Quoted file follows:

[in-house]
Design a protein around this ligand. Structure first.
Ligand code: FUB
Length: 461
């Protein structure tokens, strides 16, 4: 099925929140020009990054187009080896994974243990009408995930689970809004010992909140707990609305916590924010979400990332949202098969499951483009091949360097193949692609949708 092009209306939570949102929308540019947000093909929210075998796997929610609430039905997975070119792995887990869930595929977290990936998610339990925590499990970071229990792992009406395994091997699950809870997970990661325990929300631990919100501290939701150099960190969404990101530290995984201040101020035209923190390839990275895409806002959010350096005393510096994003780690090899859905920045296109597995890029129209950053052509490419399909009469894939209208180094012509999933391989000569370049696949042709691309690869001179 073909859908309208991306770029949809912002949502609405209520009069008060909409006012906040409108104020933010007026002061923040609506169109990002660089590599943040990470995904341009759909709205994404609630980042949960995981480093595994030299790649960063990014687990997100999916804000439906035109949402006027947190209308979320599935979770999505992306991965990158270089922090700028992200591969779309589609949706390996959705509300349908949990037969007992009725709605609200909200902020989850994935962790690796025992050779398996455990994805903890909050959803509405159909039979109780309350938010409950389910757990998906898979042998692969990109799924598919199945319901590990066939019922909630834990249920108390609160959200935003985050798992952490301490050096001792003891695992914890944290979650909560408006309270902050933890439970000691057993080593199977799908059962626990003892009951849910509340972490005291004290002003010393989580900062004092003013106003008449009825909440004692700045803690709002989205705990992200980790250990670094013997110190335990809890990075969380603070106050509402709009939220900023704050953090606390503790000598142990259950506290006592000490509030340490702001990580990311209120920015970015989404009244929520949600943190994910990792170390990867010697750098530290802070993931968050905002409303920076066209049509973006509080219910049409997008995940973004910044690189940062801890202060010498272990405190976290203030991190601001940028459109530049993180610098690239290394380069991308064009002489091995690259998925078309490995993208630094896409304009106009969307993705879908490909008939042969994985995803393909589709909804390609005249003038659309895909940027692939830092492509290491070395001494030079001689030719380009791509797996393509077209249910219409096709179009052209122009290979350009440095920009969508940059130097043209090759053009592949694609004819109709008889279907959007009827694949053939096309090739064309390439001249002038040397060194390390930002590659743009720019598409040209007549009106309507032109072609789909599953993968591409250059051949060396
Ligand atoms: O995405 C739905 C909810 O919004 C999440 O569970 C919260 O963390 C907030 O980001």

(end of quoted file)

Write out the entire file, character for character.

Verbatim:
[in-house]
Design a protein around this ligand. Structure first.
Ligand code: FUB
Length: 461
């Protein structure tokens, strides 16, 4: 099925929140020009990054187009080896994974243990009408995930689970809004010992909140707990609305916590924010979400990332949202098969499951483009091949360097193949692609949708 092009209306939570949102929308540019947000093909929210075998796997929610609430039905997975070119792995887990869930595929977290990936998610339990925590499990970071229990792992009406395994091997699950809870997970990661325990929300631990919100501290939701150099960190969404990101530290995984201040101020035209923190390839990275895409806002959010350096005393510096994003780690090899859905920045296109597995890029129209950053052509490419399909009469894939209208180094012509999933391989000569370049696949042709691309690869001179 073909859908309208991306770029949809912002949502609405209520009069008060909409006012906040409108104020933010007026002061923040609506169109990002660089590599943040990470995904341009759909709205994404609630980042949960995981480093595994030299790649960063990014687990997100999916804000439906035109949402006027947190209308979320599935979770999505992306991965990158270089922090700028992200591969779309589609949706390996959705509300349908949990037969007992009725709605609200909200902020989850994935962790690796025992050779398996455990994805903890909050959803509405159909039979109780309350938010409950389910757990998906898979042998692969990109799924598919199945319901590990066939019922909630834990249920108390609160959200935003985050798992952490301490050096001792003891695992914890944290979650909560408006309270902050933890439970000691057993080593199977799908059962626990003892009951849910509340972490005291004290002003010393989580900062004092003013106003008449009825909440004692700045803690709002989205705990992200980790250990670094013997110190335990809890990075969380603070106050509402709009939220900023704050953090606390503790000598142990259950506290006592000490509030340490702001990580990311209120920015970015989404009244929520949600943190994910990792170390990867010697750098530290802070993931968050905002409303920076066209049509973006509080219910049409997008995940973004910044690189940062801890202060010498272990405190976290203030991190601001940028459109530049993180610098690239290394380069991308064009002489091995690259998925078309490995993208630094896409304009106009969307993705879908490909008939042969994985995803393909589709909804390609005249003038659309895909940027692939830092492509290491070395001494030079001689030719380009791509797996393509077209249910219409096709179009052209122009290979350009440095920009969508940059130097043209090759053009592949694609004819109709008889279907959007009827694949053939096309090739064309390439001249002038040397060194390390930002590659743009720019598409040209007549009106309507032109072609789909599953993968591409250059051949060396
Ligand atoms: O995405 C739905 C909810 O919004 C999440 O569970 C919260 O963390 C907030 O980001």